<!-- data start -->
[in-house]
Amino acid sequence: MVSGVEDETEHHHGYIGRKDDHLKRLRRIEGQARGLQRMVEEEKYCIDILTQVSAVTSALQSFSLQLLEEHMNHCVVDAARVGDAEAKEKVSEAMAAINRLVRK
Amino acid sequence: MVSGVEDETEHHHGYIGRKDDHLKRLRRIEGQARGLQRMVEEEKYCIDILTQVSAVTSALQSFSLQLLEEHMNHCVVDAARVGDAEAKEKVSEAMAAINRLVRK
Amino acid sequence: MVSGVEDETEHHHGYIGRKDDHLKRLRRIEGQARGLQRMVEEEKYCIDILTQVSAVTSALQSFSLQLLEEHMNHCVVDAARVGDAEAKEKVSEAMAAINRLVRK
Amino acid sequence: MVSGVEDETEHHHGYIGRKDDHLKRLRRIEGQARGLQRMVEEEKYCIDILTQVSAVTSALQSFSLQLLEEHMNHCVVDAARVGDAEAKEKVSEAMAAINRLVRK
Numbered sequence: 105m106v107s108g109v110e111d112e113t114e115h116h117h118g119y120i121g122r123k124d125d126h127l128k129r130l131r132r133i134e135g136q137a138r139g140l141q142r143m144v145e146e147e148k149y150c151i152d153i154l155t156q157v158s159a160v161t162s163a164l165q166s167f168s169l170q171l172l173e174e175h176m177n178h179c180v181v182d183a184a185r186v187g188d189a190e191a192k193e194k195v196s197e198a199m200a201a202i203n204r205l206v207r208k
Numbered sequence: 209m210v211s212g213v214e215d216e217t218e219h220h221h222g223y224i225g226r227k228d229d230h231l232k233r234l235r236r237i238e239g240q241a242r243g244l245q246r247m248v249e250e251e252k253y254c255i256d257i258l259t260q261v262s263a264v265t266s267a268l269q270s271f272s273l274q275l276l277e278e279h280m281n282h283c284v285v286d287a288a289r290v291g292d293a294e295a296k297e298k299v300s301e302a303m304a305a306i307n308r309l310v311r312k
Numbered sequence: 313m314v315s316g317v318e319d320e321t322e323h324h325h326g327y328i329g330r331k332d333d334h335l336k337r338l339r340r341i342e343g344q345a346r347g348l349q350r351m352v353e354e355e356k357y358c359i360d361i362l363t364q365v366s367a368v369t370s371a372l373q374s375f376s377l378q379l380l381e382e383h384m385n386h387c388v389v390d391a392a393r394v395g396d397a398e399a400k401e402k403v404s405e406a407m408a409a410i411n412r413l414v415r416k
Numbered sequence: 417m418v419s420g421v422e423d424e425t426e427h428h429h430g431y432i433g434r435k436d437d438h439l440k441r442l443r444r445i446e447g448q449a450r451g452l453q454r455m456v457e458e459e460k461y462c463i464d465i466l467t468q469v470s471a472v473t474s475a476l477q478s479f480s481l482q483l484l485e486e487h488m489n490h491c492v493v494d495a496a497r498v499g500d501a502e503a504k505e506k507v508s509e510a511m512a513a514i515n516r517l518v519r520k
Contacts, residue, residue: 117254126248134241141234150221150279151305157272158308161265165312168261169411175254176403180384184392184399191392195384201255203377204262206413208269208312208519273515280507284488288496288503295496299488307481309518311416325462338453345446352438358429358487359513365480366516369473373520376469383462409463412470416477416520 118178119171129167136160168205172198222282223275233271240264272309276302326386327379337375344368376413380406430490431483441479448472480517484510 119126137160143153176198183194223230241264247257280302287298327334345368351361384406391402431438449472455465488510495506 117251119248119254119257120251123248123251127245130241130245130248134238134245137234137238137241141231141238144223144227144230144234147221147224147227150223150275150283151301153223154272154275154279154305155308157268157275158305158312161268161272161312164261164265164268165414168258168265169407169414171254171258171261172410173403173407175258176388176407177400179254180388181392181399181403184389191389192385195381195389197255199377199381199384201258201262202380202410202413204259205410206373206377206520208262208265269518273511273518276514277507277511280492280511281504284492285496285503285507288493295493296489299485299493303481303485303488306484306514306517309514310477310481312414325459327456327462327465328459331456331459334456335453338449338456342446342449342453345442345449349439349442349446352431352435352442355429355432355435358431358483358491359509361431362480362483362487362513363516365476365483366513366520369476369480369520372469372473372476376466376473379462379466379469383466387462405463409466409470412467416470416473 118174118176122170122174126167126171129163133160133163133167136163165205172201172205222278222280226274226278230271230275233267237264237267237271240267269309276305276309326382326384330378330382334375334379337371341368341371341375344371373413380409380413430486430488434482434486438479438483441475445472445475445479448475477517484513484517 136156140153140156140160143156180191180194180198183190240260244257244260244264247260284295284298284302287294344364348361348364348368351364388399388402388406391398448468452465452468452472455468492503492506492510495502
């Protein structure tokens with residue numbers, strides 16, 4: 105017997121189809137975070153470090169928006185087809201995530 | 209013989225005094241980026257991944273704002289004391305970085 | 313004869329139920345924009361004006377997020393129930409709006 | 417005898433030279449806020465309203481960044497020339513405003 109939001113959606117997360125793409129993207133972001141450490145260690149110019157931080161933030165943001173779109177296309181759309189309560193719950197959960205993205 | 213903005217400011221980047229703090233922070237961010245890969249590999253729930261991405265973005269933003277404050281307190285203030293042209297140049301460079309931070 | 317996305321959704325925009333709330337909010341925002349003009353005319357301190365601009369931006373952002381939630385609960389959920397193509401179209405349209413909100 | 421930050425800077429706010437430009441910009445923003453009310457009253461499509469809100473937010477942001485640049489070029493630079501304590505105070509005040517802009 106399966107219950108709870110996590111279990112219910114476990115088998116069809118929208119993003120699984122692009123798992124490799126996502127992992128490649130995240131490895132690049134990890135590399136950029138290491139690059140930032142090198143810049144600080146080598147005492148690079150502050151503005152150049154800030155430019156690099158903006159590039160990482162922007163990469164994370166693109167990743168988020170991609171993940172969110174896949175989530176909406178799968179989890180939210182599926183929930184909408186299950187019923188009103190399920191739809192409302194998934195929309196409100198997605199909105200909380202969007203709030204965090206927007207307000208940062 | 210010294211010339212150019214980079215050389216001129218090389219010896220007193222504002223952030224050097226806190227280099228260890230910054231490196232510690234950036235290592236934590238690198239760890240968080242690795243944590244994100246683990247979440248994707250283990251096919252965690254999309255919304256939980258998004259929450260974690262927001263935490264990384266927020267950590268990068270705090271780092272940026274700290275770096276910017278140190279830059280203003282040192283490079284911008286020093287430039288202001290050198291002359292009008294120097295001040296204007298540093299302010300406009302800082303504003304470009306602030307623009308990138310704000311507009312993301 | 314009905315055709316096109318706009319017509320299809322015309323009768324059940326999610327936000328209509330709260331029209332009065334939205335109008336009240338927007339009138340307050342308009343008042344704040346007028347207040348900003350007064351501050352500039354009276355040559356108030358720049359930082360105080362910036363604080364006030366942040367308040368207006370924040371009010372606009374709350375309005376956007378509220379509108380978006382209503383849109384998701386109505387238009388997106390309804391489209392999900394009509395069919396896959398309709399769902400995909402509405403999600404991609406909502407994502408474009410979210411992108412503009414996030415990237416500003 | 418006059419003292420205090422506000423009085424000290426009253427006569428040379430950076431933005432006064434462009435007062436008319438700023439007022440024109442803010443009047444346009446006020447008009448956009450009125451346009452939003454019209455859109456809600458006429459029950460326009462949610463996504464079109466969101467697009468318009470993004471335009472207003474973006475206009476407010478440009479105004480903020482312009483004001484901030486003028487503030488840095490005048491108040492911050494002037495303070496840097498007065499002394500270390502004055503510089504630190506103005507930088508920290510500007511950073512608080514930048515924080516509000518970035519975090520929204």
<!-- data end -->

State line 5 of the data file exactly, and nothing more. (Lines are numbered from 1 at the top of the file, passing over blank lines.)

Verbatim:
Amino acid sequence: MVSGVEDETEHHHGYIGRKDDHLKRLRRIEGQARGLQRMVEEEKYCIDILTQVSAVTSALQSFSLQLLEEHMNHCVVDAARVGDAEAKEKVSEAMAAINRLVRK